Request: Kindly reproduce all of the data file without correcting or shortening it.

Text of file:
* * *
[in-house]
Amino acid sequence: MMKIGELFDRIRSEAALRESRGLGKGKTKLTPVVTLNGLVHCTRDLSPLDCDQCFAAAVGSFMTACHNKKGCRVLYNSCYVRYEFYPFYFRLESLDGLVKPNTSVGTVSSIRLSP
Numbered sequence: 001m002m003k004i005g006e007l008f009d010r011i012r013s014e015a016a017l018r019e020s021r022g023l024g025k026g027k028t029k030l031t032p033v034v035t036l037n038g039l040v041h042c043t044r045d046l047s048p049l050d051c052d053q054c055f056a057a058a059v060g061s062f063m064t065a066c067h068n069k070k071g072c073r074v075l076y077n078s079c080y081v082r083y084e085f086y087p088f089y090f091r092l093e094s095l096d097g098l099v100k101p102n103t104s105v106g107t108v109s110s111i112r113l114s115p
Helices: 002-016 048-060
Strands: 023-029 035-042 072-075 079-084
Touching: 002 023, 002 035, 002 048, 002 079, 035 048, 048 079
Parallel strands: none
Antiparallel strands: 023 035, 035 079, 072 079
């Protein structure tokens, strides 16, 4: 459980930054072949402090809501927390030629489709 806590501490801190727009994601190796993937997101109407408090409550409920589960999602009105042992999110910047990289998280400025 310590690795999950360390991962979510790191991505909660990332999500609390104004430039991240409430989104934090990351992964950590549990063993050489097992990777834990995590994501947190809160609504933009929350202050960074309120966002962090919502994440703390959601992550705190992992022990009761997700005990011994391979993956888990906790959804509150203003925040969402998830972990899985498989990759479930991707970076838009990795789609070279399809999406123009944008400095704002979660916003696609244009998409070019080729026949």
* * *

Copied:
[in-house]
Amino acid sequence: MMKIGELFDRIRSEAALRESRGLGKGKTKLTPVVTLNGLVHCTRDLSPLDCDQCFAAAVGSFMTACHNKKGCRVLYNSCYVRYEFYPFYFRLESLDGLVKPNTSVGTVSSIRLSP
Numbered sequence: 001m002m003k004i005g006e007l008f009d010r011i012r013s014e015a016a017l018r019e020s021r022g023l024g025k026g027k028t029k030l031t032p033v034v035t036l037n038g039l040v041h042c043t044r045d046l047s048p049l050d051c052d053q054c055f056a057a058a059v060g061s062f063m064t065a066c067h068n069k070k071g072c073r074v075l076y077n078s079c080y081v082r083y084e085f086y087p088f089y090f091r092l093e094s095l096d097g098l099v100k101p102n103t104s105v106g107t108v109s110s111i112r113l114s115p
Helices: 002-016 048-060
Strands: 023-029 035-042 072-075 079-084
Touching: 002 023, 002 035, 002 048, 002 079, 035 048, 048 079
Parallel strands: none
Antiparallel strands: 023 035, 035 079, 072 079
């Protein structure tokens, strides 16, 4: 459980930054072949402090809501927390030629489709 806590501490801190727009994601190796993937997101109407408090409550409920589960999602009105042992999110910047990289998280400025 310590690795999950360390991962979510790191991505909660990332999500609390104004430039991240409430989104934090990351992964950590549990063993050489097992990777834990995590994501947190809160609504933009929350202050960074309120966002962090919502994440703390959601992550705190992992022990009761997700005990011994391979993956888990906790959804509150203003925040969402998830972990899985498989990759479930991707970076838009990795789609070279399809999406123009944008400095704002979660916003696609244009998409070019080729026949």